Physicians received new information about their patients with psoriasis by employing the Psoriasis Symptom Inventory, a patient-reported measure of signs and symptoms, according to a study in American Journal of Clinical Dermatology.

The Psoriasis Symptom Inventory (PSI) may be particularly useful in patients with severe disease and aid physicians with decision-making. The PSI could also be indicative of the amount of time that may be required for a particular patient visit, the researchers wrote.

“Despite the greater amount of time spent discussing the PSI in patients with more severe disease, physicians treating those patients reported an influence of the PSI discussion on treatment decisions,” Bruce Strober, MD, PhD, professor of dermatology at the University of Connecticut Health Center, and colleagues wrote.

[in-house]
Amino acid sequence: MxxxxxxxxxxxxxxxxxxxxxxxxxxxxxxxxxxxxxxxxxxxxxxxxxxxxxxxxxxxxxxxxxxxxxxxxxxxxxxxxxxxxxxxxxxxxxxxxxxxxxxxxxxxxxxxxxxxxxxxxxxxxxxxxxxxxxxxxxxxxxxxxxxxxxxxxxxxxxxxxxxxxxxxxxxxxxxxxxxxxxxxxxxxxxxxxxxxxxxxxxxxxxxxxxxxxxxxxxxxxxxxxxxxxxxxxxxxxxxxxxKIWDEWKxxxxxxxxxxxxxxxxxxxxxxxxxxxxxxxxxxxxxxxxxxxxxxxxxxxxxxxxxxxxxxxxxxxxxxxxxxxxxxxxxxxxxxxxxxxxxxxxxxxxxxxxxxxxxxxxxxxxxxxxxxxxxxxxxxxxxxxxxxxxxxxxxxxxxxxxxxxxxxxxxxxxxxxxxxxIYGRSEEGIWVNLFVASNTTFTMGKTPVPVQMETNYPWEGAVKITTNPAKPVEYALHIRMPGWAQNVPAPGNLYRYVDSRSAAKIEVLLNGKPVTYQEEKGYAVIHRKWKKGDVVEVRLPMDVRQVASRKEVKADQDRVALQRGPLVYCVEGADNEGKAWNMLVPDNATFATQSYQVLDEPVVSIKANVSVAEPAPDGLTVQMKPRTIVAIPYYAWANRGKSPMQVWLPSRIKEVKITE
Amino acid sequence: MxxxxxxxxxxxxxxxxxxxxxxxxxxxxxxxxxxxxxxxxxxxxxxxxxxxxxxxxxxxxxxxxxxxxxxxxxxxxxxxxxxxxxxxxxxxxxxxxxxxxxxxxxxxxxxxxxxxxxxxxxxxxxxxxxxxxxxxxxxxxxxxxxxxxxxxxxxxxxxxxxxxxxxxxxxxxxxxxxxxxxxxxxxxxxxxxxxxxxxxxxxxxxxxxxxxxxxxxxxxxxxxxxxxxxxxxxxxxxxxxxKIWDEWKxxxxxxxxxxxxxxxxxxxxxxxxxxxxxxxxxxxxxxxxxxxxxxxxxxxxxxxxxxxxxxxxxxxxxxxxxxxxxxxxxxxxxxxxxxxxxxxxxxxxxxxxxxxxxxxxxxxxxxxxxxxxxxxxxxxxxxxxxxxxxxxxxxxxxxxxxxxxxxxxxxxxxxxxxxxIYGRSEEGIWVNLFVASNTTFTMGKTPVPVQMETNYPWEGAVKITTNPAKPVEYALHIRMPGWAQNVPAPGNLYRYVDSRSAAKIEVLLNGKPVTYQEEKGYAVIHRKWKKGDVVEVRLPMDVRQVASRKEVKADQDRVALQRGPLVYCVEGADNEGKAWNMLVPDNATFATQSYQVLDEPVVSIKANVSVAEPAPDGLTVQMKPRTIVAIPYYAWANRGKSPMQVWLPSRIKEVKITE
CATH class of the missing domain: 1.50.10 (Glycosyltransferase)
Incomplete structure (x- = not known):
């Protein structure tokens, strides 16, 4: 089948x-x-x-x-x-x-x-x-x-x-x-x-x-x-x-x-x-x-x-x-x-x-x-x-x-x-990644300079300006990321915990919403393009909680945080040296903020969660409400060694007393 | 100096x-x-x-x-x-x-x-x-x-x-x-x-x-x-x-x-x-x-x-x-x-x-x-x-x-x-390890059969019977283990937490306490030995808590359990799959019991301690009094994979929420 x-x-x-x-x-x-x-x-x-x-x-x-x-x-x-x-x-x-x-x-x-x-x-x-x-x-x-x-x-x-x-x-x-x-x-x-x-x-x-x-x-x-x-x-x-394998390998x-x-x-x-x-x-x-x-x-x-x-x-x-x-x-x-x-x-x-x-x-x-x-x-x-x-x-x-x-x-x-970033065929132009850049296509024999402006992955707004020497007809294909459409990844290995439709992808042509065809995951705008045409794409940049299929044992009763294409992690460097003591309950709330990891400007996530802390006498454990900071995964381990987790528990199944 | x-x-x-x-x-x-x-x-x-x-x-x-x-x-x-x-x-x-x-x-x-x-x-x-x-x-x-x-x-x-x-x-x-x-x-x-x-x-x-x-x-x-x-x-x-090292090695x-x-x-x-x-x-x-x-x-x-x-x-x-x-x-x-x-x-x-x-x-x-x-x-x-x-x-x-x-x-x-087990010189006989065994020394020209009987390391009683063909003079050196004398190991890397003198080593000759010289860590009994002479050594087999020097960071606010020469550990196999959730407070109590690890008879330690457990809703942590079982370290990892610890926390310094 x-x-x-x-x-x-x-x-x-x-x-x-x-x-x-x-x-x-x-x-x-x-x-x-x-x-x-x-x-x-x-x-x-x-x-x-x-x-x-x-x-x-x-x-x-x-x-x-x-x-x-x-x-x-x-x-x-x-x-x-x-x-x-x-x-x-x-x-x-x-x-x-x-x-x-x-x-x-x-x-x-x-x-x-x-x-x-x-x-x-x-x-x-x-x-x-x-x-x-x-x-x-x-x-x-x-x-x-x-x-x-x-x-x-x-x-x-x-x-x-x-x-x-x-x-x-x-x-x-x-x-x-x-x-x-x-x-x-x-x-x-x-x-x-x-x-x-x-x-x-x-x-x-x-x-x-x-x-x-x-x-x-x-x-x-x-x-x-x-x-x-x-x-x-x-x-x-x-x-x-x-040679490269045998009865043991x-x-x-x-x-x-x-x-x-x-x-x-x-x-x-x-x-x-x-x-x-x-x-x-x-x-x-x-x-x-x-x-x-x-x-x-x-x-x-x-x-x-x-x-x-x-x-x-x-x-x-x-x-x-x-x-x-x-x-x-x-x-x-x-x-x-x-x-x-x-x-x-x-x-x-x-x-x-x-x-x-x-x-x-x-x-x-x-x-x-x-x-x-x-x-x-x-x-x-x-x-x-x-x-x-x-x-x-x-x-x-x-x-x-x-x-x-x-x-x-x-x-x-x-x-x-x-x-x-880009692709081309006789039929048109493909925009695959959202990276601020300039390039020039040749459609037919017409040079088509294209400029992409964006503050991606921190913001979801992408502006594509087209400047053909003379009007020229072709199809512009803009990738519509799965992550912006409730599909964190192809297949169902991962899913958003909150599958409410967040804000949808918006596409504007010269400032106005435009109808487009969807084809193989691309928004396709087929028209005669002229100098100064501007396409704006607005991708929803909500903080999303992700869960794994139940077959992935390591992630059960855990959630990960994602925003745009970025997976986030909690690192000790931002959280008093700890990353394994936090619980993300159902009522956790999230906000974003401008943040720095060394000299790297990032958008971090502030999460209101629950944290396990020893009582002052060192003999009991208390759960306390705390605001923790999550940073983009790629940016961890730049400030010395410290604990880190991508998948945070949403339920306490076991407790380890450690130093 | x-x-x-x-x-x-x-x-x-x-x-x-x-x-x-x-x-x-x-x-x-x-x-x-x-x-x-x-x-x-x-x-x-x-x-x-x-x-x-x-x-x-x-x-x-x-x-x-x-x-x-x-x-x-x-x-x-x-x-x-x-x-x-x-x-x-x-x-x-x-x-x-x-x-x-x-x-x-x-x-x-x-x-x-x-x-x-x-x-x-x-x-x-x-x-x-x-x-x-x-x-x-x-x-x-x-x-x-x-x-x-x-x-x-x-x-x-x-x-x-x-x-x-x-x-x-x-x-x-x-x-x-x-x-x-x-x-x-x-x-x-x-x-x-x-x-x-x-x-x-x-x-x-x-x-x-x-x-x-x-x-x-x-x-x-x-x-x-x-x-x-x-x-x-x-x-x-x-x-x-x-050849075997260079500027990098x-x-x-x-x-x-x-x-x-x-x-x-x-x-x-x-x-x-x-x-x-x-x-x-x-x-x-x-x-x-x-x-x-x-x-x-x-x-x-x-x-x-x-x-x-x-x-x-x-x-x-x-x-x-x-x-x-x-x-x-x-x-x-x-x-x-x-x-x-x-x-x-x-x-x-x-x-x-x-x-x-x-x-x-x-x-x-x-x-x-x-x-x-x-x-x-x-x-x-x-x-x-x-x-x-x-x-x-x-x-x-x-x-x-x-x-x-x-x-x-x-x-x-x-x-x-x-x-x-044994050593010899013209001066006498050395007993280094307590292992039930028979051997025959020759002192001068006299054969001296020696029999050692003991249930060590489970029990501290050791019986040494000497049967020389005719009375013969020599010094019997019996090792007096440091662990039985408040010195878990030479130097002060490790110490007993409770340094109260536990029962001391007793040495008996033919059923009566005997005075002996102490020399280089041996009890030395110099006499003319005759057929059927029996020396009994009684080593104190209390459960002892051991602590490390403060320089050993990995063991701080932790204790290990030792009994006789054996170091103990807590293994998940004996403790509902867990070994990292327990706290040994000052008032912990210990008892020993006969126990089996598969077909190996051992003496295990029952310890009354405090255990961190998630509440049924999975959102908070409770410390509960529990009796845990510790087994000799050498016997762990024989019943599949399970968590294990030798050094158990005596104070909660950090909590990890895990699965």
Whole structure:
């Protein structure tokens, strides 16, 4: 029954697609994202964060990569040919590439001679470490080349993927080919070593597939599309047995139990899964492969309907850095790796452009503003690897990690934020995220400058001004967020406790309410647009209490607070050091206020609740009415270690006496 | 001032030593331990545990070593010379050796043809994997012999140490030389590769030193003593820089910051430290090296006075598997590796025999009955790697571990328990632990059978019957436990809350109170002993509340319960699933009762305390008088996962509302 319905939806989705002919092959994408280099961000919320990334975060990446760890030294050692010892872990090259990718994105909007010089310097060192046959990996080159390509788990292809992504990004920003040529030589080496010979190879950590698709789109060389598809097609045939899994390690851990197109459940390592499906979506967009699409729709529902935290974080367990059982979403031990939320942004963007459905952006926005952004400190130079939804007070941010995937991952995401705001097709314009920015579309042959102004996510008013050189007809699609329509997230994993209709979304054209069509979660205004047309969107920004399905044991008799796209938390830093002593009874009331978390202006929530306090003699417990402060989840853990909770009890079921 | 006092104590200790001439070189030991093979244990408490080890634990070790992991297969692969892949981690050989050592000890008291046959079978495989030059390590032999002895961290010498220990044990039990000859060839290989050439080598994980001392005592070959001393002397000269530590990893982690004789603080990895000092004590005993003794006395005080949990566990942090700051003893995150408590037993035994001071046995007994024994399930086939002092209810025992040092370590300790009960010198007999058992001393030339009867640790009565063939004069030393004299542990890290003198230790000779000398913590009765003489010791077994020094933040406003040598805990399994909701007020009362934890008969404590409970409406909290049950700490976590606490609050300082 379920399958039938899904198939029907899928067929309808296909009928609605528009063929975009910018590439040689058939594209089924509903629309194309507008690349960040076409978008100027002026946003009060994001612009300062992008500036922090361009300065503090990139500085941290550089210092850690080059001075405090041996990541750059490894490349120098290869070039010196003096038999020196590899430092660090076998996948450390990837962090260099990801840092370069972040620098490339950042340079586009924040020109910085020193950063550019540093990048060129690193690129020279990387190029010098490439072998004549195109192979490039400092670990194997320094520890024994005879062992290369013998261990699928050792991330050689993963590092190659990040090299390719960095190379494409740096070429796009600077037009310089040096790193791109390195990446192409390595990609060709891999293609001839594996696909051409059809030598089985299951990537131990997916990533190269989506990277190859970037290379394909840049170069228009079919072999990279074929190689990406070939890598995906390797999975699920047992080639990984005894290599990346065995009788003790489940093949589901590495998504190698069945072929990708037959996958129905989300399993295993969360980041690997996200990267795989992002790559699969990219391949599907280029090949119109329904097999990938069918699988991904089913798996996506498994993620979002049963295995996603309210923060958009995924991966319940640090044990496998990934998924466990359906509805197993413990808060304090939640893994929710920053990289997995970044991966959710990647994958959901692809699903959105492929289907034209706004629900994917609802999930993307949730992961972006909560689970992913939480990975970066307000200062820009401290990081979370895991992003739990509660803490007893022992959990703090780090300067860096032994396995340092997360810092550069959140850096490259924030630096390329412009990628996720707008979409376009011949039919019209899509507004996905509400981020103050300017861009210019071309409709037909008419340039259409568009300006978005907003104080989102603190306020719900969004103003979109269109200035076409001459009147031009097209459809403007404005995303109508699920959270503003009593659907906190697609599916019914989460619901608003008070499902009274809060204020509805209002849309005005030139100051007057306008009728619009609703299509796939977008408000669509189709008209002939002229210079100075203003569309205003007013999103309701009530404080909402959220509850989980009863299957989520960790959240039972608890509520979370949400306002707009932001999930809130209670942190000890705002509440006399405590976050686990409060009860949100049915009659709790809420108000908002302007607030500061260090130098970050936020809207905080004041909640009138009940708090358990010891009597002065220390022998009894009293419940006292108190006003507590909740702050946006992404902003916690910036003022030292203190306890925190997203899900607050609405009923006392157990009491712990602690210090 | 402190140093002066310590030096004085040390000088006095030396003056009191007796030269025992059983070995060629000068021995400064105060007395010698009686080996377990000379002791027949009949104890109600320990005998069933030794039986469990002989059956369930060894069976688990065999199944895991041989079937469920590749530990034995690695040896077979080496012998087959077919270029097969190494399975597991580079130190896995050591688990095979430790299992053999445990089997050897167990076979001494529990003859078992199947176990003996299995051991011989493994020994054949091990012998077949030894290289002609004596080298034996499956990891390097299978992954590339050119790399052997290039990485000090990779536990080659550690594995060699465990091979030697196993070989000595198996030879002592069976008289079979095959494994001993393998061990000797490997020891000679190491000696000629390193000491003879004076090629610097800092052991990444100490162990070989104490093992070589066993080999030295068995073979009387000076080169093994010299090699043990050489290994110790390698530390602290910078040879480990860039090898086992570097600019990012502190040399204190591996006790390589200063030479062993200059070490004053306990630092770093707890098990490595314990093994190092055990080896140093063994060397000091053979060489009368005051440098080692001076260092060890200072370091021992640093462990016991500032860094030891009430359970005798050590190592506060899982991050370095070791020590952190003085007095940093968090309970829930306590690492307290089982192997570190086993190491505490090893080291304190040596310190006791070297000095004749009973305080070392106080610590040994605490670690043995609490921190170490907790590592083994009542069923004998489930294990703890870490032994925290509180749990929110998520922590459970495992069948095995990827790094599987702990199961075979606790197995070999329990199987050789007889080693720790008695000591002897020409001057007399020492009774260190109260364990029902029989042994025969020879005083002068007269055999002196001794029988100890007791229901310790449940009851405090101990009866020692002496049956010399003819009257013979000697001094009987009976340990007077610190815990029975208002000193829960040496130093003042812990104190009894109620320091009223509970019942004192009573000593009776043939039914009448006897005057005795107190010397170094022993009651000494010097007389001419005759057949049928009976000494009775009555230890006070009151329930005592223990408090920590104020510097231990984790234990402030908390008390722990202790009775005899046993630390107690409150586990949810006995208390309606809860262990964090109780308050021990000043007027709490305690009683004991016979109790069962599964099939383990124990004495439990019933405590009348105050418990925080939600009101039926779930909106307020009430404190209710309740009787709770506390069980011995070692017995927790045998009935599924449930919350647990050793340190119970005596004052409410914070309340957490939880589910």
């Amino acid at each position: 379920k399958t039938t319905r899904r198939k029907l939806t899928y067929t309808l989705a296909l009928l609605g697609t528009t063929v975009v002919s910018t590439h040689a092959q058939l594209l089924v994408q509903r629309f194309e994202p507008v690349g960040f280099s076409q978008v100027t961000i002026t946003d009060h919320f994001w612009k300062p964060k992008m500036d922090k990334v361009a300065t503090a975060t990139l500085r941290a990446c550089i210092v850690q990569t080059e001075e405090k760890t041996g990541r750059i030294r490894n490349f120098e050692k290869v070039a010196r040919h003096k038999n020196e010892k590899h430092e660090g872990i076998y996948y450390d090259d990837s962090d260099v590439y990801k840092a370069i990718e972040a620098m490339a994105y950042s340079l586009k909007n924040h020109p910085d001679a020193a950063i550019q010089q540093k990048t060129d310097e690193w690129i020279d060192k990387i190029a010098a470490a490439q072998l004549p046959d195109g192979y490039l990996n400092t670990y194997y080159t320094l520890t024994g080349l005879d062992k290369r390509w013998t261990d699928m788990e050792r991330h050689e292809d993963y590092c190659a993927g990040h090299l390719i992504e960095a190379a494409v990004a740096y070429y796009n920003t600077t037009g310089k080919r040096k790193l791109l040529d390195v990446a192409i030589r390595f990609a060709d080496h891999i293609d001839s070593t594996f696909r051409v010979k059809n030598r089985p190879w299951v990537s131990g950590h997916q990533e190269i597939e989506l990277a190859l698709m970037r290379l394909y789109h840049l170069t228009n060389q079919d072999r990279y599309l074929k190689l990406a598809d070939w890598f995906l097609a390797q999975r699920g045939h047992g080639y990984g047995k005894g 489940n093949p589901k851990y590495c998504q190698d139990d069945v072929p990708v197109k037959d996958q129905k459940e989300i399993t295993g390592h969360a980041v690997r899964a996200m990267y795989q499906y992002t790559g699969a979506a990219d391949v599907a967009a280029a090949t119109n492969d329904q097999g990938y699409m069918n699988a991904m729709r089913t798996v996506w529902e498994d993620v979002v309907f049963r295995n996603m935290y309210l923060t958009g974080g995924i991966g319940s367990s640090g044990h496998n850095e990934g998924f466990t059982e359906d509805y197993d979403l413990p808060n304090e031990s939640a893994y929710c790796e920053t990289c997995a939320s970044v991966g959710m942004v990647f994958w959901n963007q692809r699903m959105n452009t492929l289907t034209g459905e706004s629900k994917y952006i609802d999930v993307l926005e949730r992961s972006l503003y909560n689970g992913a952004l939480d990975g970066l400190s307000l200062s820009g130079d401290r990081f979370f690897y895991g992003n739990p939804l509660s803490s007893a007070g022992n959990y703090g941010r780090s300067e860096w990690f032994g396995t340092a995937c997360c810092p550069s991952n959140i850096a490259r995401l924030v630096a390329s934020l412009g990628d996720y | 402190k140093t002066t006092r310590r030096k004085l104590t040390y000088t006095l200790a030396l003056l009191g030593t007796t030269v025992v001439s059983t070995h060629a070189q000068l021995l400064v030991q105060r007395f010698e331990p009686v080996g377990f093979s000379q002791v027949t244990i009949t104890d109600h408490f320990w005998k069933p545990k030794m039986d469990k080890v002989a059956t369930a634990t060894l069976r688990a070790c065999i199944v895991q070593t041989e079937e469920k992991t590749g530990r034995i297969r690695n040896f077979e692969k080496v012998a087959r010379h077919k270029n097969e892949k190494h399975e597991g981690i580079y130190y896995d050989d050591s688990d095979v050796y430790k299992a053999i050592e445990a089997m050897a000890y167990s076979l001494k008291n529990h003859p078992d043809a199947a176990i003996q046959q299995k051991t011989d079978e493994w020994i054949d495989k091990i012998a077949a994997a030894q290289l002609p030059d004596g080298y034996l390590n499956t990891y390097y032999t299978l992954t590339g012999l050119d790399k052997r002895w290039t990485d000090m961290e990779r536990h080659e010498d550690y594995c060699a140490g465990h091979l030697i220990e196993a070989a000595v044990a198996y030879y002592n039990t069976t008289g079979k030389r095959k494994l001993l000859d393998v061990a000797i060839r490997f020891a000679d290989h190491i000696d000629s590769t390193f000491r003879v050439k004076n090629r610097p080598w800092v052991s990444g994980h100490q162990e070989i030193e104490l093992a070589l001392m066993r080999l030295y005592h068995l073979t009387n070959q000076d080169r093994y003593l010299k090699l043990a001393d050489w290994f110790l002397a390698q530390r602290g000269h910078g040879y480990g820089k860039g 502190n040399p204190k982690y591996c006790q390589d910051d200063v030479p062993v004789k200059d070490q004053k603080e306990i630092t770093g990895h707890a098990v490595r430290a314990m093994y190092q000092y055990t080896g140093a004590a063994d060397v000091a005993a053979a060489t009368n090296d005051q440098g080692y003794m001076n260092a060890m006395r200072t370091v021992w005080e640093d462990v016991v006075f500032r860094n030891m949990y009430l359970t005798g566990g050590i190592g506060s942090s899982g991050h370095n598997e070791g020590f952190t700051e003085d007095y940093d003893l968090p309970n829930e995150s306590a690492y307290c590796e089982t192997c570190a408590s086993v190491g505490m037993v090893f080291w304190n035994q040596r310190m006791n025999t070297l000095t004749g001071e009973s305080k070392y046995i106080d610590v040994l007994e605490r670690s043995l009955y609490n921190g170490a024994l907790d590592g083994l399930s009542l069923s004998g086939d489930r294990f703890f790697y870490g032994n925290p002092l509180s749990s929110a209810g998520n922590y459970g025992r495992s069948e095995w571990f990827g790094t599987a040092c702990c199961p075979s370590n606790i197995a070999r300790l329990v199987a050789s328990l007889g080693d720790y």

The patient-reported measure quantifies the perception of psoriasis signs and symptoms through an 8-item questionnaire on itching, redness, scaling, burning, stinging, cracking, flaking and pain, with a scale of 0 (not at all) to 3 (very severe) and a score ranging from 0 to 32.

The clinics enrolled 278 adults with mild to severe psoriasis (57.9% men; mean age, 47.5 years).

Mild psoriasis was identified in 47.8% (range, 40% to 67.5%), moderate psoriasis in 29.1% (range, 12.5% to 40%) and severe psoriasis was found in 23% (range, 17.5% to 42.9%).

The researchers reported a static Physician’s Global Assessment (sPGA) score, across of all patients, of 0 to 1 (clear or almost clear) in 18.7% (range, 2.9% to 28.6%), an sPGA score of 2 to 3 (mild to moderate) in 67.3% (range, 42.9% to 91.4%) and an sPGA score of 4 to 5 (severe to very severe) in 14% (range, 0% to 37.1%).